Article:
Archive for May, 2013


photo of Doris Day

a darkened photo of Doris Day, making her Doris Night

photo of Doris Day with a helmet from a suit of armor, making her Doris Knight

A day of wrath is that day,
A day of trouble and distress,
A day of destruction and desolation,
A day of darkness and gloom,
A day of clouds and thick darkness,

Zephaniah 1:15

Pokemon State Park

We went to Pokagon State Park in northern Indiana. I like to mispronounce it as Pokemon State Park, hence the blog title. I had to issue a correction though, otherwise my kids would have been very disappointed when we got there and there were no Pokemon.

Weekend Recap, with Photos:


If you hadn’t read the introduction to this blog post and you saw this photo

photo of the Potawatomi Inn  at Pokagon State Park in Angola Indiana

would you have guessed it was a state park?

I wouldn’t have.

I made a 360° panoramic photograph of the inn/lodge. Click on it for a larger photo.

panoramic photo of the Potawatomi Inn  at Pokagon State Park in Angola Indiana


Spring Book Thingy 2013

Normally, I do my book review post in mid July, after we have gone on vacation. That’s because I don’t normally read full-length books until summer vacation – that’s when I make time for that.

Since we had a spring-break vacation this year, I got to read a couple books earlier in the year.

image of the book Legal Fables by Ray O. Sage
First book: “Legal Fables” by Ray O. Sage.

This book doesn’t quite qualify because it is not a novel. There is no story; rather, it is a collection of short stories. Each chapter tells how someone (humorously named) has or gets into legal trouble and concludes with a moral (usually that one should consult a lawyer in that situation).

The book was amusing and somewhat educational, especially if you want to know about wills and trusts.

image of the book I Am Half-Sick of Shadows by Alan Bradley
Next book: “I Am Half-Sick of Shadows” (a Flavia de Luce mystery) by Alan Bradley.

If you are not familiar with Flavia de Luce, stop reading this blog, go to your library, and check out the whole series.

If you don’t want the whole series, get the first book (“The Sweetness at the Bottom of the Pie”). I liked all of them except for the second one (“The Weed that Strings the Hangman’s Bag”).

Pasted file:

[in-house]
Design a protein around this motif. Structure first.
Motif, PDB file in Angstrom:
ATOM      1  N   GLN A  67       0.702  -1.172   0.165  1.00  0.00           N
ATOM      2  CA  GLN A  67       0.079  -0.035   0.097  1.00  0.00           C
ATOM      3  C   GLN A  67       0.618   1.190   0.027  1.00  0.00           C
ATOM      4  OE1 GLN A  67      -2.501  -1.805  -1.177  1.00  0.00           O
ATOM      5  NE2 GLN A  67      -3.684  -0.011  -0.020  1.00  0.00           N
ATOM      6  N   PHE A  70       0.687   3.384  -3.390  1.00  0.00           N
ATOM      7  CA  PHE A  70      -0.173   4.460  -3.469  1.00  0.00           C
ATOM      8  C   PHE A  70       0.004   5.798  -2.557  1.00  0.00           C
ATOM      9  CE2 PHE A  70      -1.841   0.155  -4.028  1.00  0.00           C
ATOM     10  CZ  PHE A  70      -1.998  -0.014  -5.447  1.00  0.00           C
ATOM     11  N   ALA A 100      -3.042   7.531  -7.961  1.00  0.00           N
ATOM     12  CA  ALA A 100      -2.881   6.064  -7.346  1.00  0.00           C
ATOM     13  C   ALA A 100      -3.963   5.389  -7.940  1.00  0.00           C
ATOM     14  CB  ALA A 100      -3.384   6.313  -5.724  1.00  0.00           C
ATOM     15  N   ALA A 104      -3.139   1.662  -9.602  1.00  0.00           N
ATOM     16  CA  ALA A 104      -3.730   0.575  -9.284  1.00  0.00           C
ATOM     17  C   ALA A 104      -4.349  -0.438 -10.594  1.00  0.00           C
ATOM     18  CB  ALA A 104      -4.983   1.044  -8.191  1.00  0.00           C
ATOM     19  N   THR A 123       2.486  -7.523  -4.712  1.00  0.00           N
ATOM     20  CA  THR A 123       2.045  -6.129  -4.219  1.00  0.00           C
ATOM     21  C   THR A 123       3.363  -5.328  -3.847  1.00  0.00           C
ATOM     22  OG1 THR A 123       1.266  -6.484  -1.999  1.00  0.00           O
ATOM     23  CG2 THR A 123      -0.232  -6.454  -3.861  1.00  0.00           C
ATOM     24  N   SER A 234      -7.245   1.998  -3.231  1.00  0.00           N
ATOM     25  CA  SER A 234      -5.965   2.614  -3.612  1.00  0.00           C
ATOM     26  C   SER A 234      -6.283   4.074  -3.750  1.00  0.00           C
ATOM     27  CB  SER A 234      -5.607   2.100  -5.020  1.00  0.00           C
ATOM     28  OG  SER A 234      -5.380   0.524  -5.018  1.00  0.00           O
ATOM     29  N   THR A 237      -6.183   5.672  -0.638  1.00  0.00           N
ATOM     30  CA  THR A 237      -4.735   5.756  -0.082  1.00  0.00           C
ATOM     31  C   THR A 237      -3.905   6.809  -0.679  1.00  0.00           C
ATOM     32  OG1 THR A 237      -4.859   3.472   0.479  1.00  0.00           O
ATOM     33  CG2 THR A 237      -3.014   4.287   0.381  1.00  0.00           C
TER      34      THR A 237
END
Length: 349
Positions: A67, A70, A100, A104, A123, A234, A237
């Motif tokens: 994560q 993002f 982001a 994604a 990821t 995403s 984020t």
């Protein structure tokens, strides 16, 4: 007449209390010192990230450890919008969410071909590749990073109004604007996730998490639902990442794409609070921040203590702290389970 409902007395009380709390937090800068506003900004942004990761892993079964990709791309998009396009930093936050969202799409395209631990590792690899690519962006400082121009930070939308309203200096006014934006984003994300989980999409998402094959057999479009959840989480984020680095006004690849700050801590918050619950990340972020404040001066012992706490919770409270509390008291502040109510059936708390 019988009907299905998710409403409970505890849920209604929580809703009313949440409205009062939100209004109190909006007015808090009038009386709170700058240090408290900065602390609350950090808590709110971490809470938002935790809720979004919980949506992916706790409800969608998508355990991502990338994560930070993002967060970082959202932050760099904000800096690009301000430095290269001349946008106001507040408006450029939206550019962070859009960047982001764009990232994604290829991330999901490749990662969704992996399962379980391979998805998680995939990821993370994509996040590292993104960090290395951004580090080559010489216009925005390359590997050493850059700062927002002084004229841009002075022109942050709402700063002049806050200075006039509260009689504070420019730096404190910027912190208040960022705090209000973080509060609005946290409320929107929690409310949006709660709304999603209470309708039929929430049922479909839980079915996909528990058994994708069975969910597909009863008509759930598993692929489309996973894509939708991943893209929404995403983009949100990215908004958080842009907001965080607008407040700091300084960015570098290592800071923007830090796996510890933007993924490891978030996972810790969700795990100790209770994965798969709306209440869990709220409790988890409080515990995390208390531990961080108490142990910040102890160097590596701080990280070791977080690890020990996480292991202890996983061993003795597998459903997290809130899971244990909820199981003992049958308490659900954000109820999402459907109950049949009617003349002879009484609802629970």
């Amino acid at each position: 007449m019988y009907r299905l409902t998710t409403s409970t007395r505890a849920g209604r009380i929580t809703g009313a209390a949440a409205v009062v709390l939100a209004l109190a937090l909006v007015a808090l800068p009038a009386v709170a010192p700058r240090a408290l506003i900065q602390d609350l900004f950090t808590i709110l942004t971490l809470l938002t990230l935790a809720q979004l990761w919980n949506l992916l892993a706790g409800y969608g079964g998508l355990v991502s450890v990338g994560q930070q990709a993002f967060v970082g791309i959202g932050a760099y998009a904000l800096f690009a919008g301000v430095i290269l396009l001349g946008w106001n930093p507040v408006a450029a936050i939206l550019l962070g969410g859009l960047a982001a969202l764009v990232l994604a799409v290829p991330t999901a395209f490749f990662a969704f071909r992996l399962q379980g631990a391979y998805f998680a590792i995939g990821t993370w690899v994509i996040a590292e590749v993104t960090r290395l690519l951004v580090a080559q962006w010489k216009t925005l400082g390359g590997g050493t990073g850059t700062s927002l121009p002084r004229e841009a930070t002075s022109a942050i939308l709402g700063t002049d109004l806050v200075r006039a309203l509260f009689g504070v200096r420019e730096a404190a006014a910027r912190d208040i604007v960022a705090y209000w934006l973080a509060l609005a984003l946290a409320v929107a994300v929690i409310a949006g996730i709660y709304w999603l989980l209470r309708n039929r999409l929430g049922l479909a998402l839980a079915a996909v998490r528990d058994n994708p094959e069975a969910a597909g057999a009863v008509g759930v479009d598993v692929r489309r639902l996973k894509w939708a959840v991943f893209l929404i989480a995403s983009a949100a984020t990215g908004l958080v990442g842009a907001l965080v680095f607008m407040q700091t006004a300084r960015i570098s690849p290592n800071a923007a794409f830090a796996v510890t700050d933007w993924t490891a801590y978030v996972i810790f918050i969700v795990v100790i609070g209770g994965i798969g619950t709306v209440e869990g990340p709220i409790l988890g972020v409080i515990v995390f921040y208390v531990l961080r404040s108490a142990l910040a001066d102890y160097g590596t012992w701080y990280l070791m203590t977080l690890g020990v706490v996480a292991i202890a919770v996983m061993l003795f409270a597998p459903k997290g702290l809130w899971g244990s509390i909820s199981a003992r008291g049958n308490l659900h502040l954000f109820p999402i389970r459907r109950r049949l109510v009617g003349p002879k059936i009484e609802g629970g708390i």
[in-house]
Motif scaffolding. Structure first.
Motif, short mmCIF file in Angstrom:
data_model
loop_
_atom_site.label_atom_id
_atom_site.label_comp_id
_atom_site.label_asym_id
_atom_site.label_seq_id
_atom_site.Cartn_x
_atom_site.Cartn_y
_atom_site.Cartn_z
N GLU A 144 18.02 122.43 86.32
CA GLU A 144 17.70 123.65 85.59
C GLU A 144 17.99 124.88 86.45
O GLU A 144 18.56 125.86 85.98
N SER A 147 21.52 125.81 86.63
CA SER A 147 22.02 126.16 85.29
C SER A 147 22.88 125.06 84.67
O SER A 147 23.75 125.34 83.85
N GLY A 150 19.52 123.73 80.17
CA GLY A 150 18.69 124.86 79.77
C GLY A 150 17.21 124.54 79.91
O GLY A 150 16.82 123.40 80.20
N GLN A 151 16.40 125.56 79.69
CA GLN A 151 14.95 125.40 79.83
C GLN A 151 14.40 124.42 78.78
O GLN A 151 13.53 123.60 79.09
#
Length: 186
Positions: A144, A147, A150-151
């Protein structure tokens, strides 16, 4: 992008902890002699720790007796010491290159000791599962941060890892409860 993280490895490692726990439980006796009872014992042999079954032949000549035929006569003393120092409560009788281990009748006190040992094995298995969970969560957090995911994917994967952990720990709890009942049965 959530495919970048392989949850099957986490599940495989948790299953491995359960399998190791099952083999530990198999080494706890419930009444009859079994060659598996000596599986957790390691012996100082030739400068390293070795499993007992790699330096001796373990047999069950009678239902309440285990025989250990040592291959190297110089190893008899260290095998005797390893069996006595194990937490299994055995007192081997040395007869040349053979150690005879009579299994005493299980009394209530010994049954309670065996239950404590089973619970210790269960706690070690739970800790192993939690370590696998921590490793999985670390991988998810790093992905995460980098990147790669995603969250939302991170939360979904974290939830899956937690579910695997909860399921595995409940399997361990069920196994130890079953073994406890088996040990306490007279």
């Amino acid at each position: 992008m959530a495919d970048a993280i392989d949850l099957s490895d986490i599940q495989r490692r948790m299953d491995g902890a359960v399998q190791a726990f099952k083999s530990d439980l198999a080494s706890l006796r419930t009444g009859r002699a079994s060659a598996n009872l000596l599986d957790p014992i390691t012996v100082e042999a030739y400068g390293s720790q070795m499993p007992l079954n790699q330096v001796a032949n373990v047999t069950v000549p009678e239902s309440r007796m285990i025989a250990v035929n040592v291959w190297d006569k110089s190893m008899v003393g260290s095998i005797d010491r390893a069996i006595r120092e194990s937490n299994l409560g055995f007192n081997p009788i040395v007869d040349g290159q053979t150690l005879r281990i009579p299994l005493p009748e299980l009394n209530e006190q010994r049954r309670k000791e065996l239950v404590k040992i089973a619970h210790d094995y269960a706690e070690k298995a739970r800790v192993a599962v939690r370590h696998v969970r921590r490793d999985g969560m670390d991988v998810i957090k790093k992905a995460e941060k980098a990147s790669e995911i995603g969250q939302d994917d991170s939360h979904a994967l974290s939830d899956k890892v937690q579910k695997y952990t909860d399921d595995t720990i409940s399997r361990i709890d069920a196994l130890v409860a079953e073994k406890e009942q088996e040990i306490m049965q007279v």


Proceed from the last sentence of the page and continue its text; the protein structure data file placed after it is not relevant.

“I Am Half-Sick of Shadows” was good. I recommend it.

image of the book Speaking From Among the Bones by Alan Bradley
Next book: “Speaking From Among the Bones” (a Flavia de Luce mystery) by Alan Bradley.

“Speaking From Among the Bones” was better than the previous book. It would have been my favorite of the whole series except for the ending. I think it’s not a spoiler to say the book ends, but the story doesn’t. In other words, the author may as well just put a giant “To Be Continued…” at the end of the last chapter of this book.

The mystery part of the story is concluded quite nicely and neatly, but the larger themes that run through the series are not concluded. In fact, they become more complicated. I assume it is being setup for a good conclusion in a later book (next book is scheduled for 2014). But it does leave a dissatisfied taste in one’s brain after finishing the book. Your alternative is to wait until the series is done before you start reading it.

image of the book The Trials of Lance Eliot by M.L. Brown
Next book: “The Trials of Lance Eliot” by M.L. Brown.

I read this book last year (read my review of Lance Eliot), but I read the Kindle version. Now I finally have the paperback version.

Again, the main problem with this book is that it needs a sequel to resolve some questions. The series is supposed to be a trilogy, but the other two books are not done yet. So you can either order “The Trials of Lance Eliot” now, or wait until the trilogy is complete.

image of the book Quitter by Jon Acuff
Last book: “Quitter” by Jon Acuff.

I wasn’t originally planning to read this book, but it was a gift so I didn’t want to be rude.

Why was I not going to read this book? Because I’m content. The types of people who want to read this book might call it complacency rather than contentment.

According to the book, I fall into the group of people who believe the “This job just funds my real life” myth. But it works. And I will probably be content until it doesn’t work.

I want to like the book, and I want to heartily recommend it to other people. But that’s because I have a connection with the author, not because of the book itself. The book was fine; I didn’t dislike the book. For people who are not content with where they are in life, this book should be a good help. I’m just not at a stage in my life where I appreciate the book as much as other people do. Sorry for the lackluster review, Jon.

Then the book will be given to the one who is illiterate, saying, “Please read this.” And he will say, “I cannot read.”

Isaiah 29:12

Regrets, I Have a Few

Here I rank one’s chances of regret for various actions:

Always Regret